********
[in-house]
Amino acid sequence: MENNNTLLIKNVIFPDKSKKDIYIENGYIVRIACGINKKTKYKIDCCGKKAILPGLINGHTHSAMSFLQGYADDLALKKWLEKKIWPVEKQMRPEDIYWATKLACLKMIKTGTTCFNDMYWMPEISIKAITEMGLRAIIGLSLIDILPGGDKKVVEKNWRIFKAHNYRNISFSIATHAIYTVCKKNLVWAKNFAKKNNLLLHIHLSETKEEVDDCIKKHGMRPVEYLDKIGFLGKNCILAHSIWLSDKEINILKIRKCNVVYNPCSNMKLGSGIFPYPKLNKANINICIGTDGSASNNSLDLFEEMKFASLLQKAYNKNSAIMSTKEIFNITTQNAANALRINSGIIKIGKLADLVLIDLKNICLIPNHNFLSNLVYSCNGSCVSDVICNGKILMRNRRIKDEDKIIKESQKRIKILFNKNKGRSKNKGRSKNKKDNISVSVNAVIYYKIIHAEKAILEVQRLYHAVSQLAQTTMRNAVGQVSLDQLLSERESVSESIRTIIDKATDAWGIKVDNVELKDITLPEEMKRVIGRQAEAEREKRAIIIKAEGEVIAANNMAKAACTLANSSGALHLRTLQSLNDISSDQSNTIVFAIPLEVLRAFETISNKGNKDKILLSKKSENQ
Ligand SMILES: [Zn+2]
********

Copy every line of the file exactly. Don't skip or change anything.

[in-house]
Amino acid sequence: MENNNTLLIKNVIFPDKSKKDIYIENGYIVRIACGINKKTKYKIDCCGKKAILPGLINGHTHSAMSFLQGYADDLALKKWLEKKIWPVEKQMRPEDIYWATKLACLKMIKTGTTCFNDMYWMPEISIKAITEMGLRAIIGLSLIDILPGGDKKVVEKNWRIFKAHNYRNISFSIATHAIYTVCKKNLVWAKNFAKKNNLLLHIHLSETKEEVDDCIKKHGMRPVEYLDKIGFLGKNCILAHSIWLSDKEINILKIRKCNVVYNPCSNMKLGSGIFPYPKLNKANINICIGTDGSASNNSLDLFEEMKFASLLQKAYNKNSAIMSTKEIFNITTQNAANALRINSGIIKIGKLADLVLIDLKNICLIPNHNFLSNLVYSCNGSCVSDVICNGKILMRNRRIKDEDKIIKESQKRIKILFNKNKGRSKNKGRSKNKKDNISVSVNAVIYYKIIHAEKAILEVQRLYHAVSQLAQTTMRNAVGQVSLDQLLSERESVSESIRTIIDKATDAWGIKVDNVELKDITLPEEMKRVIGRQAEAEREKRAIIIKAEGEVIAANNMAKAACTLANSSGALHLRTLQSLNDISSDQSNTIVFAIPLEVLRAFETISNKGNKDKILLSKKSENQ
Ligand SMILES: [Zn+2]